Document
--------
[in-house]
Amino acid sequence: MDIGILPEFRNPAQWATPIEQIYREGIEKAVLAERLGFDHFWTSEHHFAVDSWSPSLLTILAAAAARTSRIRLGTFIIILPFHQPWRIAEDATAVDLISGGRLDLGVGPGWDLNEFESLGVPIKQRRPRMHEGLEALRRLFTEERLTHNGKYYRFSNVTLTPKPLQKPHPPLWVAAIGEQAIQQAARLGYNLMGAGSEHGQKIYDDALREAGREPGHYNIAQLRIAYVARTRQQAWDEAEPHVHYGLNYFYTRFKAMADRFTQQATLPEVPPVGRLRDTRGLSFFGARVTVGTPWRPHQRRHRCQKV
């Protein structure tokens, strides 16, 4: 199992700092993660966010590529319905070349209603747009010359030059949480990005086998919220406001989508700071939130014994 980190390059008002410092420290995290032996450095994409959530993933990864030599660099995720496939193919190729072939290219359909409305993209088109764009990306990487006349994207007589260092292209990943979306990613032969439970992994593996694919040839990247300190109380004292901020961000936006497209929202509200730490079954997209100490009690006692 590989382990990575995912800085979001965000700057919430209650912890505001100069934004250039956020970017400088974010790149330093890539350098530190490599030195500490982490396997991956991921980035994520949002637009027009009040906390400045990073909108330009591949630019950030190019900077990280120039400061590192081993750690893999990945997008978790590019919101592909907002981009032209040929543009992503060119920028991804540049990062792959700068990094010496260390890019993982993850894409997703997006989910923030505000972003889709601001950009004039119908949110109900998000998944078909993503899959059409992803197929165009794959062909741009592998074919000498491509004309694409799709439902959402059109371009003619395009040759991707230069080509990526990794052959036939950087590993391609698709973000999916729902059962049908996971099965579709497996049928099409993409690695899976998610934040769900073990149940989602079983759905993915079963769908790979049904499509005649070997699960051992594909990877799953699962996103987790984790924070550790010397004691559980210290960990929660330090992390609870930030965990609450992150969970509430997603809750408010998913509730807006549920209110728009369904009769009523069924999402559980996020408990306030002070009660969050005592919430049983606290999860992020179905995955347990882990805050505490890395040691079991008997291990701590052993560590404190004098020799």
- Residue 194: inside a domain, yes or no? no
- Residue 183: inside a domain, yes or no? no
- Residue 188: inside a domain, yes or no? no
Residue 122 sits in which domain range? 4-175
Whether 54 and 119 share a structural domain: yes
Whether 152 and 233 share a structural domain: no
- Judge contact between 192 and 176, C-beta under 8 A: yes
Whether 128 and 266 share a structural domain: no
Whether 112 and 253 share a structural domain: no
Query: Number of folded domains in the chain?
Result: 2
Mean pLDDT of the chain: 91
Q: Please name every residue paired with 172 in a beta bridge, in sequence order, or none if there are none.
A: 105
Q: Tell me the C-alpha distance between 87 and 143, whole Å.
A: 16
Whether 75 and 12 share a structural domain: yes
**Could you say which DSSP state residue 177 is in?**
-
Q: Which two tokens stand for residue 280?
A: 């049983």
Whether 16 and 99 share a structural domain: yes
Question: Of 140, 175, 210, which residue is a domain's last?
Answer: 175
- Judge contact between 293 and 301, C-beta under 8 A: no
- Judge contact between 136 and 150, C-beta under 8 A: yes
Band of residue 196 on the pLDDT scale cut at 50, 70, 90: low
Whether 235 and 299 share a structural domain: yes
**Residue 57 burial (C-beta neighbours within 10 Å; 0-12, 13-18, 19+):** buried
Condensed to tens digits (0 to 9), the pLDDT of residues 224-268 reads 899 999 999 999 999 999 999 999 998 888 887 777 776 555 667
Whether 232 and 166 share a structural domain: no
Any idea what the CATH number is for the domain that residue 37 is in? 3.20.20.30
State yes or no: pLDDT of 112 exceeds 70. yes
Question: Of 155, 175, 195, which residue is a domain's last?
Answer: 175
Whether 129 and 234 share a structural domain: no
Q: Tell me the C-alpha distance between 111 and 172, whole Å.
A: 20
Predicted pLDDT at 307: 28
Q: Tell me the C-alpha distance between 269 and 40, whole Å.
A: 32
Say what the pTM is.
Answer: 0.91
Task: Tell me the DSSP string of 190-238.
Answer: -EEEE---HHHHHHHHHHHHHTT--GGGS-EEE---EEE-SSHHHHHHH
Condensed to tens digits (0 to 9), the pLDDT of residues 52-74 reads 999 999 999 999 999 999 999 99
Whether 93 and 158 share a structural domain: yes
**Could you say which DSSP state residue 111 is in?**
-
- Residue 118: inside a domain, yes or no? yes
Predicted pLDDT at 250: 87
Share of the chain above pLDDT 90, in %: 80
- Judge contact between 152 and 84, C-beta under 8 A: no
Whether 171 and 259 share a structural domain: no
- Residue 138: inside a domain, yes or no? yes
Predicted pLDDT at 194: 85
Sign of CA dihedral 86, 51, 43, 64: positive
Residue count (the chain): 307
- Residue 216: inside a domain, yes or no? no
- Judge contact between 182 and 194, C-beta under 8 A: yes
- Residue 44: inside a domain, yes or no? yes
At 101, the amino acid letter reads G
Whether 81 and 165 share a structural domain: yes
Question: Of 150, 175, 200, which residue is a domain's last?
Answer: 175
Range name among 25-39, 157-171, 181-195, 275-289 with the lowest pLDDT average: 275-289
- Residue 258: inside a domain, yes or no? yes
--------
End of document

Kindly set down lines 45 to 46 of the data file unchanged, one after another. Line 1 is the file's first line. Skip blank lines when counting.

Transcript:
Say what the pTM is.
Answer: 0.91